Mothers’ breast milk may be dramatically more important to the health of infants than previously thought. In a new study, doctors found that momma mice who breastfed their pups transferred immune cells that offered protection against infections long after breastfeeding stopped.
Doctors were aware that breastfeeding raises the immunity of an infant, but the assumption has always been that this protection is only temporary, lasting just for the time that infants are breastfed. What’s more, it was always thought that this immunity was due to antibodies transferred from the mother to neutralize bacteria and viruses.
These assumptions have been now been toppled by a new study published today in the journal Science Advances. Researchers at the University of Birmingham in the UK studied rodent offspring nursed by mothers who had a preconception helminth infection. Unexpectedly, the research team found that the protection against the worm infection was passed onto the infants by cells in the milk rather than through proteins such as antibodies. Most striking of all, these transferred cells offered protection throughout the body well into adulthood.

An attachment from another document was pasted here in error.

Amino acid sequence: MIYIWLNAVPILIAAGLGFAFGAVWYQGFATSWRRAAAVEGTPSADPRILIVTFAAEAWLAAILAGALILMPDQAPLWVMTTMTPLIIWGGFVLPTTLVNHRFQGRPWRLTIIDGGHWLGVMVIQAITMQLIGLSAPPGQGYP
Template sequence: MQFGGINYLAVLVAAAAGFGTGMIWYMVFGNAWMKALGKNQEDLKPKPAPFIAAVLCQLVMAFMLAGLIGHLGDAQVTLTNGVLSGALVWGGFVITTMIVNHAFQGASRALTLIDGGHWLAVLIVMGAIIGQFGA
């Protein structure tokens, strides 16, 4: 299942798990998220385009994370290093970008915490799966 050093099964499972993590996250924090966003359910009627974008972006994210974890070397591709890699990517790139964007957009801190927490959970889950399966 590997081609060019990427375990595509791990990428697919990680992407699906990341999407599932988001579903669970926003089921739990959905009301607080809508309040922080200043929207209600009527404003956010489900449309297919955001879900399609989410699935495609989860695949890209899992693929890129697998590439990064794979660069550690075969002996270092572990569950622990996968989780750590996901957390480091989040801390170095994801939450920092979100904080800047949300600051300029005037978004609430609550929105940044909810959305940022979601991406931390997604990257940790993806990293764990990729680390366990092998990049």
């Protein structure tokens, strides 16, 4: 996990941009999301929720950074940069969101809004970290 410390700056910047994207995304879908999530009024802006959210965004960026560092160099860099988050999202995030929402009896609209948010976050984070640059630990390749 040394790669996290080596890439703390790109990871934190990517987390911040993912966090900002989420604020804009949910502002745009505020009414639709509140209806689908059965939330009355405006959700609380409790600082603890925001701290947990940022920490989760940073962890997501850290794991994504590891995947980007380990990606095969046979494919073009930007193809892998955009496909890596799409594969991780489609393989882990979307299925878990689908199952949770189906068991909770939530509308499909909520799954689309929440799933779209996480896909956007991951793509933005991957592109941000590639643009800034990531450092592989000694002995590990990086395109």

“This is the first demonstration that infection prior to pregnancy can transfer life-long cellular immunity to infants,” said Dr. William Horsnell, lead author of the study and a researcher at the University of Birmingham’s Institute of Microbiology.
“The work shows that exposure to an infection before pregnancy can lead to a mother transferring long term immune benefits to her offspring. This is remarkable and adds a new dimension to our understanding of how a mother can influence our health.”
In the future, the researchers would like to use this newfound knowledge to create vaccines that prevent infections. The reasoning is simple: if the immune system of mothers and would-be-mothers is primed against infectious diseases through vaccination, then babies could reap the same protective effects through breastfeeding. This new study suggests that this protection could be permanent, which is simply remarkable.
“We hope this research will lead to human investigations into how maternal exposure to pathogens prior to pregnancy can influence infant health,” added Professor Kai-Michael Toellner, of the University of Birmingham’s Institute of Immunology and Immunotherapy.